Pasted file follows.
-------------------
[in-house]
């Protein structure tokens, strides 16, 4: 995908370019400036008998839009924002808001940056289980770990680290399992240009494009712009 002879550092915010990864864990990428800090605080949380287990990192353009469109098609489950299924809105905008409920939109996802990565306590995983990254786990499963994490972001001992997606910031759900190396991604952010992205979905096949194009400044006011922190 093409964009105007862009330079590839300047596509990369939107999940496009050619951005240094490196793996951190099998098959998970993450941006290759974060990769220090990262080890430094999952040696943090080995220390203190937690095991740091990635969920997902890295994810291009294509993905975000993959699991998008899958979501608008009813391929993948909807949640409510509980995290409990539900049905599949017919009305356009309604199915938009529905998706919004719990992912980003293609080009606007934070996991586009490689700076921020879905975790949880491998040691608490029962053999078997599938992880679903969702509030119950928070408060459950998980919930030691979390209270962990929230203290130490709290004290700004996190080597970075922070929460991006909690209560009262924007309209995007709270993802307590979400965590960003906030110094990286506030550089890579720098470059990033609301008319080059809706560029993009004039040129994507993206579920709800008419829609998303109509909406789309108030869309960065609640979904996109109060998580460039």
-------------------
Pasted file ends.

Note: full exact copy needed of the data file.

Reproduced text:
[in-house]
């Protein structure tokens, strides 16, 4: 995908370019400036008998839009924002808001940056289980770990680290399992240009494009712009 002879550092915010990864864990990428800090605080949380287990990192353009469109098609489950299924809105905008409920939109996802990565306590995983990254786990499963994490972001001992997606910031759900190396991604952010992205979905096949194009400044006011922190 093409964009105007862009330079590839300047596509990369939107999940496009050619951005240094490196793996951190099998098959998970993450941006290759974060990769220090990262080890430094999952040696943090080995220390203190937690095991740091990635969920997902890295994810291009294509993905975000993959699991998008899958979501608008009813391929993948909807949640409510509980995290409990539900049905599949017919009305356009309604199915938009529905998706919004719990992912980003293609080009606007934070996991586009490689700076921020879905975790949880491998040691608490029962053999078997599938992880679903969702509030119950928070408060459950998980919930030691979390209270962990929230203290130490709290004290700004996190080597970075922070929460991006909690209560009262924007309209995007709270993802307590979400965590960003906030110094990286506030550089890579720098470059990033609301008319080059809706560029993009004039040129994507993206579920709800008419829609998303109509909406789309108030869309960065609640979904996109109060998580460039």